One of the big changes in the new economy is the reinvention of newspapers.
On Friday, it hit this newsroom head on. It was the last day of The Christian Science Monitor as a daily publication. We're beefing up our online presence and starting a weekly magazine. Farewell, daily print.
So to mark the occasion, I burned my press pass.
What's the story?
Why burn a press pass?
Because in the new world of journalism, anyone can gather facts and publish them. That means my journalism colleagues and I are no longer gatekeepers, we're just professionals vying with a lot of other people who (I hope) want to get the facts straight and their analysis right.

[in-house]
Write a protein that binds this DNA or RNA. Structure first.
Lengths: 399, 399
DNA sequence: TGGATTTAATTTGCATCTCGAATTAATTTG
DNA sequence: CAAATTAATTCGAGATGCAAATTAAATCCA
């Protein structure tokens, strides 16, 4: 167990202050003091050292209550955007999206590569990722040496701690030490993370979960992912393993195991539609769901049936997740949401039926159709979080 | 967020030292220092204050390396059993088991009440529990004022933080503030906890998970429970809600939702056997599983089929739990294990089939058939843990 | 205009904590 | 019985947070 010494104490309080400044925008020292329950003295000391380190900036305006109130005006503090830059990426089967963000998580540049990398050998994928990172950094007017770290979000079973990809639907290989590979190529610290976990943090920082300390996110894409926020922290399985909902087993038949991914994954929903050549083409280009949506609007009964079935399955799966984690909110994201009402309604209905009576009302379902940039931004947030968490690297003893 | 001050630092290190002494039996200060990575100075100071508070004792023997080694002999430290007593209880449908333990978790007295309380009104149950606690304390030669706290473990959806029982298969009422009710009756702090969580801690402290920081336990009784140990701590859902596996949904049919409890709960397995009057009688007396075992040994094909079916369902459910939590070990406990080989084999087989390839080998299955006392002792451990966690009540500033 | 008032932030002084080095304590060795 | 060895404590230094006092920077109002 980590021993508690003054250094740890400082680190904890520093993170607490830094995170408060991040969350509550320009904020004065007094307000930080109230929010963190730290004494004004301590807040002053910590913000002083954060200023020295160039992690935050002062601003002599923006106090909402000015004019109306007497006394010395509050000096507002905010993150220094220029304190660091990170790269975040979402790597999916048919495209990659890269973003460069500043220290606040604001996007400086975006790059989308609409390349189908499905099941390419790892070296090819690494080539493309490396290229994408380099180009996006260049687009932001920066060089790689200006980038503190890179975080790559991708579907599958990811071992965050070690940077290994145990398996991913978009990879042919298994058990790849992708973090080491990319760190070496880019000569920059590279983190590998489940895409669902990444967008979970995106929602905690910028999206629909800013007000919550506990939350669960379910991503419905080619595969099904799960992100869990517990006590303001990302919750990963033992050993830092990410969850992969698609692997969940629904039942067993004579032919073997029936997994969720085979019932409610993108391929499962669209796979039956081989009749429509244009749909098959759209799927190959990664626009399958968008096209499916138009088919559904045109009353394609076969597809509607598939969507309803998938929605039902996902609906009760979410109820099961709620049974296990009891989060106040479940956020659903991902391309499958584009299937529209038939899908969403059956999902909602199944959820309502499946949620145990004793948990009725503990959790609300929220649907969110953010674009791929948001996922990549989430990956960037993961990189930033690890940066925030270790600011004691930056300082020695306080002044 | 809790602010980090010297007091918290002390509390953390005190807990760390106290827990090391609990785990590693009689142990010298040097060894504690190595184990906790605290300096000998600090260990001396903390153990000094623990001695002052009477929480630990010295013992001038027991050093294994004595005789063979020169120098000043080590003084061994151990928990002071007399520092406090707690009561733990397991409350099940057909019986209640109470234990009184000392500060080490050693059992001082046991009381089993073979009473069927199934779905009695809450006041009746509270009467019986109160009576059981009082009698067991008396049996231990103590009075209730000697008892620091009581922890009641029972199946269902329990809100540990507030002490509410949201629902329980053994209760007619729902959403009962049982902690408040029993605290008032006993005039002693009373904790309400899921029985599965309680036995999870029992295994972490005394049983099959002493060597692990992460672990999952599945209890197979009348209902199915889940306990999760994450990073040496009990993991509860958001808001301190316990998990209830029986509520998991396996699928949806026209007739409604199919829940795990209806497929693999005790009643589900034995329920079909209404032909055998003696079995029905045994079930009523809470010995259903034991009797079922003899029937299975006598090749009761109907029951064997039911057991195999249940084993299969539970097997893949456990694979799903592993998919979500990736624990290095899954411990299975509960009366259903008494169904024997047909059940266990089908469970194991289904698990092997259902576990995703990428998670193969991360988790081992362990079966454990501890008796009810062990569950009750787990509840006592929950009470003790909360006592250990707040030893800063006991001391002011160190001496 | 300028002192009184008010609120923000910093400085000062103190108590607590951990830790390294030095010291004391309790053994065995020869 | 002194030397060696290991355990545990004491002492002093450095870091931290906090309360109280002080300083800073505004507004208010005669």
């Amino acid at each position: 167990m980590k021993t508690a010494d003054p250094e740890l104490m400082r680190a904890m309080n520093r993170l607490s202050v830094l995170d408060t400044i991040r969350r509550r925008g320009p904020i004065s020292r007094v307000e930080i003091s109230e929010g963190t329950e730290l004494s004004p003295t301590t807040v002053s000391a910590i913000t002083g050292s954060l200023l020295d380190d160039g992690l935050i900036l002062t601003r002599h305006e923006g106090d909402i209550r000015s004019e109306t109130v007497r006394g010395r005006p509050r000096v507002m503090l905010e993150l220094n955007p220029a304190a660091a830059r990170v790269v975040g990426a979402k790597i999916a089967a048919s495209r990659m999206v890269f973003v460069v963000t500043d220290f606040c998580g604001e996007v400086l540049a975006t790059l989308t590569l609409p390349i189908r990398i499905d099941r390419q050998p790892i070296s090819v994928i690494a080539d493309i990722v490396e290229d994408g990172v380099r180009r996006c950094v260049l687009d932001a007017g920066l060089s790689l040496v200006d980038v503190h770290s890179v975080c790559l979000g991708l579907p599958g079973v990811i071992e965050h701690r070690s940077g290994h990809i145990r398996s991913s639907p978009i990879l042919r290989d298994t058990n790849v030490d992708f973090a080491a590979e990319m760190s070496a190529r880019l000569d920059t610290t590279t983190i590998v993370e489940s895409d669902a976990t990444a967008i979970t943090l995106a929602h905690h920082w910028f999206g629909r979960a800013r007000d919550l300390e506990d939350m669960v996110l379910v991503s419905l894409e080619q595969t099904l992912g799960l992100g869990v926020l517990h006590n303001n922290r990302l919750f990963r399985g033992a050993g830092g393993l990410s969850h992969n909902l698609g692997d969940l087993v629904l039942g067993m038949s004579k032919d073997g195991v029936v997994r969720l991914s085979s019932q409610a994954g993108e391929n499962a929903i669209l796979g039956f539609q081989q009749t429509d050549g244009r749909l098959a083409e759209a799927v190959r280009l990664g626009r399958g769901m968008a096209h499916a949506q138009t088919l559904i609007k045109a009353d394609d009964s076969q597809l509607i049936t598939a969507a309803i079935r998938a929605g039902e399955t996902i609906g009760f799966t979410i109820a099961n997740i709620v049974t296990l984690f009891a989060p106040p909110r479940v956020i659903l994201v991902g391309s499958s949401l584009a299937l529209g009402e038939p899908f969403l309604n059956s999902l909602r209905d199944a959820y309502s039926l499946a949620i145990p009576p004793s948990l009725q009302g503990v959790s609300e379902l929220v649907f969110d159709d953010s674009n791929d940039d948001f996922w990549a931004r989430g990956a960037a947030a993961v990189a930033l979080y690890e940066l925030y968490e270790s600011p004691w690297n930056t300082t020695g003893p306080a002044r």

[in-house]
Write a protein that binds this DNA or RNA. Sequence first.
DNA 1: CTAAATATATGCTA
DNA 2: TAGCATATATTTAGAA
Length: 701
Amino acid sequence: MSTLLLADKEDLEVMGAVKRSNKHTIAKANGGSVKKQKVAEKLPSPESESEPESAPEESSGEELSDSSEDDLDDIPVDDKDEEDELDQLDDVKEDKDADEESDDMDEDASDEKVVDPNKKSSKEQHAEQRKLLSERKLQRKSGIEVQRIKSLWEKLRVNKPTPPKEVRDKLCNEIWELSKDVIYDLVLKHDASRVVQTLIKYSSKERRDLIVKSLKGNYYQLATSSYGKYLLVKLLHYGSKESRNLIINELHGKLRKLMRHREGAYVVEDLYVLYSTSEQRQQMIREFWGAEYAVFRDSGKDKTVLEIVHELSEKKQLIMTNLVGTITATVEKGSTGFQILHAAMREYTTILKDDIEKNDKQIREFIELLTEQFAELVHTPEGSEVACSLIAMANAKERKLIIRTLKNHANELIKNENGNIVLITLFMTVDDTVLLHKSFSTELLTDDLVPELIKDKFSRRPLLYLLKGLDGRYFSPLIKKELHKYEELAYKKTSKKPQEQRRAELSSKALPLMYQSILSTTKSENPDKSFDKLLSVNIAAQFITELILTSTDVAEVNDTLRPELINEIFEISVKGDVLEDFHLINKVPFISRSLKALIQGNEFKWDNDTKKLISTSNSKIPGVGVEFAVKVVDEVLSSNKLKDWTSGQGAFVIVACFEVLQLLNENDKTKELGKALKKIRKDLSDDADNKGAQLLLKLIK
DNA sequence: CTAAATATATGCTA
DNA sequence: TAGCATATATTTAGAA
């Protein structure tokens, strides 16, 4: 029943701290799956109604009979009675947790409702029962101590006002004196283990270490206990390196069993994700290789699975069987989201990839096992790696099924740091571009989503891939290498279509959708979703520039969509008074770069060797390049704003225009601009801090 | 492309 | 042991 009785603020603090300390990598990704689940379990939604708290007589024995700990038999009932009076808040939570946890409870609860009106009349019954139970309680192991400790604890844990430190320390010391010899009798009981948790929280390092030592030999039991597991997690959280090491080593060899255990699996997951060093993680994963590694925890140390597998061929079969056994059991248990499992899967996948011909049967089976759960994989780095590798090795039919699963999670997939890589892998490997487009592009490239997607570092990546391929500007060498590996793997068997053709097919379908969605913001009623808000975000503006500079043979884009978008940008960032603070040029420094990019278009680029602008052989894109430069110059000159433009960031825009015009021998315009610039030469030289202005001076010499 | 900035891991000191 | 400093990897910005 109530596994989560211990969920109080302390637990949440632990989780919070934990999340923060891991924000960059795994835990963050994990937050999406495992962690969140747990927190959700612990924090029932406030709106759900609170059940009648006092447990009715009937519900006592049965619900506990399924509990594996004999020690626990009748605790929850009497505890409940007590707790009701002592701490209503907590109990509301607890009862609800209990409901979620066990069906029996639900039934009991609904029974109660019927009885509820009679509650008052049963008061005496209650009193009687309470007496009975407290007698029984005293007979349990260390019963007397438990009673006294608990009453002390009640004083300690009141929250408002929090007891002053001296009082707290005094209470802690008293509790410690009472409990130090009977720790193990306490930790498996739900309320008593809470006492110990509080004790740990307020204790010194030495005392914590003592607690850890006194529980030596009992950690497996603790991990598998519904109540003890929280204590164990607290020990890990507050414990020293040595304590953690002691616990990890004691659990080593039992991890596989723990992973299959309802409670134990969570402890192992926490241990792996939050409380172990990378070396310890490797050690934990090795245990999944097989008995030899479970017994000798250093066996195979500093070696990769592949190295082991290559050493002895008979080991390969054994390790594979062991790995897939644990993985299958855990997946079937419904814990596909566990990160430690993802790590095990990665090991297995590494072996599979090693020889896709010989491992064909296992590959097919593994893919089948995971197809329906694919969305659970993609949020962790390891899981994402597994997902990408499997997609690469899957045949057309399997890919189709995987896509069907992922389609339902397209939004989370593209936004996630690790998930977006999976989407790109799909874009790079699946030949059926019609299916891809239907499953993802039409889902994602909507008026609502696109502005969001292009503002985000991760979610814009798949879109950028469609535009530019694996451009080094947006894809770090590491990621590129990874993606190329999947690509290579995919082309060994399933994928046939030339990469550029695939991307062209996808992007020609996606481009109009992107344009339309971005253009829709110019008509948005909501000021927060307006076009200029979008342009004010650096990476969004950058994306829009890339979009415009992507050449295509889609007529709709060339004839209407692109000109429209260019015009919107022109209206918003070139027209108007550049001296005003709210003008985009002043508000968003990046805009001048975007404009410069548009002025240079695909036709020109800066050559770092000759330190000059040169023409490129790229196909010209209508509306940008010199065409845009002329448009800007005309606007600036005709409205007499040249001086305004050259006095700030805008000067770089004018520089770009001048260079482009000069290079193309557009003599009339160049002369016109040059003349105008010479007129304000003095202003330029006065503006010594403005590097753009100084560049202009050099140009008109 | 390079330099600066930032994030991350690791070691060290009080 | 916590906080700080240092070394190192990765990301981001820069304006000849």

Something else is afoot here in the journalism world beyond the end of 100 years of daily print at the Monitor. It hit home for me this week when my colleague Jimmy Orr looked into blogosphere speculation that President Obama, in writing to Jacques Chirac, mistakenly thought he was the current French president rather than the former one.
Eight minutes of research into French press accounts revealed that that interpretation was all wrong. The president was responding to Chirac, nothing more. Nevertheless, Jimmy’s blog debunking that nonstory got 13 times the online traffic that our piece on the Asian trade slump got, even though it came out on the same day.